The airbag deploys from A pillar and covers windshield; could prove to be a significant development in road safety
General Motors has been finally granted the patent for its pedestrian airbag for which the American auto major applied in April 2014. With this patent granted, the automaker is expected to make a significant step forward towards making roads safer for the pedestrians as well as for the car owners also.
Speaking about this new pedestrian airbag, it gets deployed from the A pillar of the vehicle and covers the windshield. This airbag is expelled from a fender flap to cushion the windscreen wipers and sharp materials at the front of the vehicle. It is not sure when we will be able to see the vehicles from General Motors coming equipped with this technology, but we hope to see that soon.
General Motors is looking to give its small cars a significant safety measure with 10 airbags. The brand has been accused by various authorities several times that it sells unsafe vehicles in many markets across the world. In a bid to prove that the small vehicles of the group are pretty much safe, GM has taken new strategy and this pedestrian airbag could play key role in that plan.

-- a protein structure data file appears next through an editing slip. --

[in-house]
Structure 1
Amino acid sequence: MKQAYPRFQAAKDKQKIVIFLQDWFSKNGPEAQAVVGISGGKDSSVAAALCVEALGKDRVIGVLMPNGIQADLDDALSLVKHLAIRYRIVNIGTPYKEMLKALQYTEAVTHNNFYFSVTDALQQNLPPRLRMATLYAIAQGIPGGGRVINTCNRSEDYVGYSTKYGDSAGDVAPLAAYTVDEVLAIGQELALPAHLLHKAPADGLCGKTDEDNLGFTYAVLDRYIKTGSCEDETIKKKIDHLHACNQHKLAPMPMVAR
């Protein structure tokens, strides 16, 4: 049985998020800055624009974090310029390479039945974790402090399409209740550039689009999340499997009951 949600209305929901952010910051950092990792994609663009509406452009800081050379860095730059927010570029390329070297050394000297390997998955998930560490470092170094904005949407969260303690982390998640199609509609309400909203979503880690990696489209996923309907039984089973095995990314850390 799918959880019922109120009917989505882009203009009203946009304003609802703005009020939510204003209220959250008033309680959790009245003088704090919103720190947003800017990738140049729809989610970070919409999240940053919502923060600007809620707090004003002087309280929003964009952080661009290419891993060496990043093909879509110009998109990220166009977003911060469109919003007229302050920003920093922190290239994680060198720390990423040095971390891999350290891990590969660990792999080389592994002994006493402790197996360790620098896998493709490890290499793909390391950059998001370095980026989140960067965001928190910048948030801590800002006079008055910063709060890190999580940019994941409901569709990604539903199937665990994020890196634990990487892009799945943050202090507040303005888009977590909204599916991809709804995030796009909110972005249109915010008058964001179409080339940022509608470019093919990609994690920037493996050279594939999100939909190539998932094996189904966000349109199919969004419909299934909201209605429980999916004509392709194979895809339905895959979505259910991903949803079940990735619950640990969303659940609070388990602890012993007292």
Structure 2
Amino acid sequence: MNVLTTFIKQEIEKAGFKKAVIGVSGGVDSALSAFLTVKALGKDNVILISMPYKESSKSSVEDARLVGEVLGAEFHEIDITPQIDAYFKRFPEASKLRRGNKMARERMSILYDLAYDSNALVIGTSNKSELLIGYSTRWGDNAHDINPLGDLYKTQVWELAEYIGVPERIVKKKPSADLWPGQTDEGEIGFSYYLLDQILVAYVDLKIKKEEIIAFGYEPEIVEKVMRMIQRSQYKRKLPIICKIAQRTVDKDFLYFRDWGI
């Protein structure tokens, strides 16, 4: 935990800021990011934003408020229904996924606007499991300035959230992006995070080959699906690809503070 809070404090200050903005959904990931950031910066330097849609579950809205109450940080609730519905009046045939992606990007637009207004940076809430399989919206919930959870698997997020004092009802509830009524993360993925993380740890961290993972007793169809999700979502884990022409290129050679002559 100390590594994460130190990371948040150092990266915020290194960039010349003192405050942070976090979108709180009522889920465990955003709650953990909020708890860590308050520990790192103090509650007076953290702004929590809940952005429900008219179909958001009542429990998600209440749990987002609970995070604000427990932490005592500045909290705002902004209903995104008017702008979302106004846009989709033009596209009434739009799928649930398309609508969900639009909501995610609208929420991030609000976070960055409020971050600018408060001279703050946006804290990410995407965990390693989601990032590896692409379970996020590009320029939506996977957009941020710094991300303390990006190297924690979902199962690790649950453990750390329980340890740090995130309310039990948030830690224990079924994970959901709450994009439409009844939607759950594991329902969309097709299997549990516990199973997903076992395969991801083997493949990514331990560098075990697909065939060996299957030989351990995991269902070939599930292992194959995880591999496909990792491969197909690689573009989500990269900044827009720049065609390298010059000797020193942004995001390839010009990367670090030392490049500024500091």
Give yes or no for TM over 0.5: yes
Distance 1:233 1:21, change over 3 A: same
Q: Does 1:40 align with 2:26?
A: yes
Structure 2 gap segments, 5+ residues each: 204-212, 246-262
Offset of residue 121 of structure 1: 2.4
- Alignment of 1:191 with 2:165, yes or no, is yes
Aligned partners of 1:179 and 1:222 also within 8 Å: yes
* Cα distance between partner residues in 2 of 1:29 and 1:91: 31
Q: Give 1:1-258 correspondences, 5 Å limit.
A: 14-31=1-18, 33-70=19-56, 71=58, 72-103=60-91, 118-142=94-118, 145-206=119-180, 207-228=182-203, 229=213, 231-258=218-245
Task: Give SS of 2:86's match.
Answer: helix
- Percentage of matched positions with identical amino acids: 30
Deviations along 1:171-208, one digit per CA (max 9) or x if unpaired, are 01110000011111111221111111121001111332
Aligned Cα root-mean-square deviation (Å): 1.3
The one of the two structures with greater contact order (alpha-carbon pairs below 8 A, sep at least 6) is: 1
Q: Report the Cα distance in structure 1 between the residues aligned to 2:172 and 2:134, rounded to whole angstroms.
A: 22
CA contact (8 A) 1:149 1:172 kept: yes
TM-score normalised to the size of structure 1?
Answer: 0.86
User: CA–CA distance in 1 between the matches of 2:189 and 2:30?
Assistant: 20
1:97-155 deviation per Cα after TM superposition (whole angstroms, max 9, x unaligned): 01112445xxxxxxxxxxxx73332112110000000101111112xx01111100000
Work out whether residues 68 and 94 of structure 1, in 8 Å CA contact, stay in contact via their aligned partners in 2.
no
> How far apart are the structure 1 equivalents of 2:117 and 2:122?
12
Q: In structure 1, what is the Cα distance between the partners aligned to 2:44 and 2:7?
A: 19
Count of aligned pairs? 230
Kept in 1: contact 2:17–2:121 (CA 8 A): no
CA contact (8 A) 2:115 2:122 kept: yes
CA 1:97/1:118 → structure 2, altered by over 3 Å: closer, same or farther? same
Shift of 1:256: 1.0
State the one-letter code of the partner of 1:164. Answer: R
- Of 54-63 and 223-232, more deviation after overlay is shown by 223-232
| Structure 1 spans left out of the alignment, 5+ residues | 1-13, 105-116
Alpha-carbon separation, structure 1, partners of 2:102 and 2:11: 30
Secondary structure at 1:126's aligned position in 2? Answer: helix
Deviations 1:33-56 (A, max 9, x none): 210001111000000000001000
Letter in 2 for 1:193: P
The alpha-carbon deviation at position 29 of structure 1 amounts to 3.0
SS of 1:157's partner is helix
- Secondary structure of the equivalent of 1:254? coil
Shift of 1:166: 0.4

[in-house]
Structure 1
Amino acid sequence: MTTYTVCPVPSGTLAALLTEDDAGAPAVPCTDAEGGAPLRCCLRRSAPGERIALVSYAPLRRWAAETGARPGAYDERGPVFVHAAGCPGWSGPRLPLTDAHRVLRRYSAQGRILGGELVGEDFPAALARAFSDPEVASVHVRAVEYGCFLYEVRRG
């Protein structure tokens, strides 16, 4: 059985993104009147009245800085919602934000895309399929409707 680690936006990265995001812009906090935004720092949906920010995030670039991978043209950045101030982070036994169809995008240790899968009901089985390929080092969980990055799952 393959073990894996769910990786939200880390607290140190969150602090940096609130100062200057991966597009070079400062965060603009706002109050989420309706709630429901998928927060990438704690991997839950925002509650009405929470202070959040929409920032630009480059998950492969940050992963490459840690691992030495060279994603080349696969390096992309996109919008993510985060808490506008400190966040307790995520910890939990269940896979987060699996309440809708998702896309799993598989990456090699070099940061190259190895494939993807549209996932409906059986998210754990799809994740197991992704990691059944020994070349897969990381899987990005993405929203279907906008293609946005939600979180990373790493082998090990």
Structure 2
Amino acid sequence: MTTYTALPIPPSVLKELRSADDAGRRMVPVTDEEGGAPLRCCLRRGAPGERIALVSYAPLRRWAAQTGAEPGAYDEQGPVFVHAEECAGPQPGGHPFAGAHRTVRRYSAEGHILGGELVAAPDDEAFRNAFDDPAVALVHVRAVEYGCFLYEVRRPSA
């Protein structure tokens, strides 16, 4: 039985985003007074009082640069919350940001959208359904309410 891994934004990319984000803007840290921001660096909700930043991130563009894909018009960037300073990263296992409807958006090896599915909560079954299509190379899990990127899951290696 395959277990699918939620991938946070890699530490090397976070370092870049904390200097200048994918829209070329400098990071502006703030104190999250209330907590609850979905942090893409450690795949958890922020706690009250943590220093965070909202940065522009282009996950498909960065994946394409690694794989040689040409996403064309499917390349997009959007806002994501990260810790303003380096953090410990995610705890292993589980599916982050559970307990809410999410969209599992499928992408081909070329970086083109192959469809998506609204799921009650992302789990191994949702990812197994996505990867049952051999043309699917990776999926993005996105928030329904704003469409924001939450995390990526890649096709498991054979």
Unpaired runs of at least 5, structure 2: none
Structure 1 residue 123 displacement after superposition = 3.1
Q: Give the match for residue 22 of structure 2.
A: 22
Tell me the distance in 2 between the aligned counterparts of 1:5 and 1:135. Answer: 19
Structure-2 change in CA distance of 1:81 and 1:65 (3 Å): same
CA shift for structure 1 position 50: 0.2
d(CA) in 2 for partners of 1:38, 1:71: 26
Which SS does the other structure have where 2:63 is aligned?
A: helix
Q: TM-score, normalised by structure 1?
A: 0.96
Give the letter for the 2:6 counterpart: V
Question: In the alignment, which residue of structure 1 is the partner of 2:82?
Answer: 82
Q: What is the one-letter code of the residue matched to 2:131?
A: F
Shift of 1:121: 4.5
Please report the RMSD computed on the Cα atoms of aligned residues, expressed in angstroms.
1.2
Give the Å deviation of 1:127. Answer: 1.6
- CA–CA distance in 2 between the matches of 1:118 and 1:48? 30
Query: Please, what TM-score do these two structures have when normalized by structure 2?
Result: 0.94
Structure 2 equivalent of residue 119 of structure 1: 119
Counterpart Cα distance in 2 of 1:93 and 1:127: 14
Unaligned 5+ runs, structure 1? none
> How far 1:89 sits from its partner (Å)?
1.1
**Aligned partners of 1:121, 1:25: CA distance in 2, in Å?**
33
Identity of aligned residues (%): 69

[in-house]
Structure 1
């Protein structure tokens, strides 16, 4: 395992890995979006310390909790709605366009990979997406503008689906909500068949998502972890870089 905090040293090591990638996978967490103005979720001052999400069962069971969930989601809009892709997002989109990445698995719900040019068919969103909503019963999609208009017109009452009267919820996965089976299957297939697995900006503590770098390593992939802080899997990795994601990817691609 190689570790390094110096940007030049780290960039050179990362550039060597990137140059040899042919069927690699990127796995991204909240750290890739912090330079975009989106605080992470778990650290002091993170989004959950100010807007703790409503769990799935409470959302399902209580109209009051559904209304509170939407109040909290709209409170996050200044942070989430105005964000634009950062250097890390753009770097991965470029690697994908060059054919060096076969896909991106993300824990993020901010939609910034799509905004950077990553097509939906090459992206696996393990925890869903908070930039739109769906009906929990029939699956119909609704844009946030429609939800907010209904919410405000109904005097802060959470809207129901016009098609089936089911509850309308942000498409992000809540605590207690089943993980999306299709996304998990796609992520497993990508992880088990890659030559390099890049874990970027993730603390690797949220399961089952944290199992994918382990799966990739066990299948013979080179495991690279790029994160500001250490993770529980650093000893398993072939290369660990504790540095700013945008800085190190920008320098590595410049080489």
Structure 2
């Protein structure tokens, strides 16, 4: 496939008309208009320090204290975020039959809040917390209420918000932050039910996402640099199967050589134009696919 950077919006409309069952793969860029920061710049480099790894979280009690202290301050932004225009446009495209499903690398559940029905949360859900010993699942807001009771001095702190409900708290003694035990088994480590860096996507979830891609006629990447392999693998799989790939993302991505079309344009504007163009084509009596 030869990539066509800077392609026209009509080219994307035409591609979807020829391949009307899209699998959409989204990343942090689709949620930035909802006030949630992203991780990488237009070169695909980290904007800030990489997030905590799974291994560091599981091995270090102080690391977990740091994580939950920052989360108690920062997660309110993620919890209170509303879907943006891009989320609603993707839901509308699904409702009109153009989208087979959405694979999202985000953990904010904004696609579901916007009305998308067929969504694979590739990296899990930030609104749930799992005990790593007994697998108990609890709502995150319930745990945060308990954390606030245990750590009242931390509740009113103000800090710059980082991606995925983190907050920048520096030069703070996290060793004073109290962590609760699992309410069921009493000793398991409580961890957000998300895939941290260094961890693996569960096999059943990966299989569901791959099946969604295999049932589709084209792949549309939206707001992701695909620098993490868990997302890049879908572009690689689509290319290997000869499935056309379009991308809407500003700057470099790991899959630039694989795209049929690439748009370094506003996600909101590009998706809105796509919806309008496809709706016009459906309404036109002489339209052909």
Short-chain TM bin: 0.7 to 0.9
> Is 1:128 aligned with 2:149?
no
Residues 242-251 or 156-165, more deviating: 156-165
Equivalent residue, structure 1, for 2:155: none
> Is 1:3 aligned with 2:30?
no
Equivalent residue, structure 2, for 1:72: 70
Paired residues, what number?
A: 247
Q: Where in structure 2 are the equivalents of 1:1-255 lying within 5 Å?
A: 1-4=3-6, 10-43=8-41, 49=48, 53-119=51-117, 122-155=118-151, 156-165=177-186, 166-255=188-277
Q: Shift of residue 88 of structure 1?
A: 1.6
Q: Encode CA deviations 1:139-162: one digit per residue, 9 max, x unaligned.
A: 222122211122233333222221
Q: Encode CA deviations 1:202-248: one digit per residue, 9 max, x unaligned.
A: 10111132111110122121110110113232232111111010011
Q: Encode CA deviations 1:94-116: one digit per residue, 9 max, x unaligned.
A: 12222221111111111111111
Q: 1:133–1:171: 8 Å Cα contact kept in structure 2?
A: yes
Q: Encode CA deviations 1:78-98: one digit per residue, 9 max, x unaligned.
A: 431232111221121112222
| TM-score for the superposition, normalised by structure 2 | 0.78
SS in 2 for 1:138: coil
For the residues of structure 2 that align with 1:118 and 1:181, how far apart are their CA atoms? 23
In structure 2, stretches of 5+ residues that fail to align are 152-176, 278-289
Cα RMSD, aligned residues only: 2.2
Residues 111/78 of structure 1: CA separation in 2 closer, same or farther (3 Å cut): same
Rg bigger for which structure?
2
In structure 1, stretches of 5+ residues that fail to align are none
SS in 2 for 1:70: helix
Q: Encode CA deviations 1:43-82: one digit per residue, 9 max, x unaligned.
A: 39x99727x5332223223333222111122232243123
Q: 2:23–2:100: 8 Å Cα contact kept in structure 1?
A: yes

While this technology certainly will make the future General Motors vehicles much safer than now, it is not clear what level of impact will trigger the airbag deployment from the A pillar.
So far, it is clear that the American auto major is ready to implement the airbag technology in such manner that we haven’t experienced before. Interestingly, German luxury car brand Mercedes-Benz too received a similar patent in August this year for A pillar airbag that is supposed to increase the safety of the occupants and pedestrians significantly.
Not only General Motors or Mercedes-Benz, other global auto manufacturers too have been developing similar technology. Subaru introduced the pedestrian airbag in its new Impreza that went on sale in Japanese domestic market in October 2016. Volvo too displayed a pedestrian airbag in its V40 model back in 2012.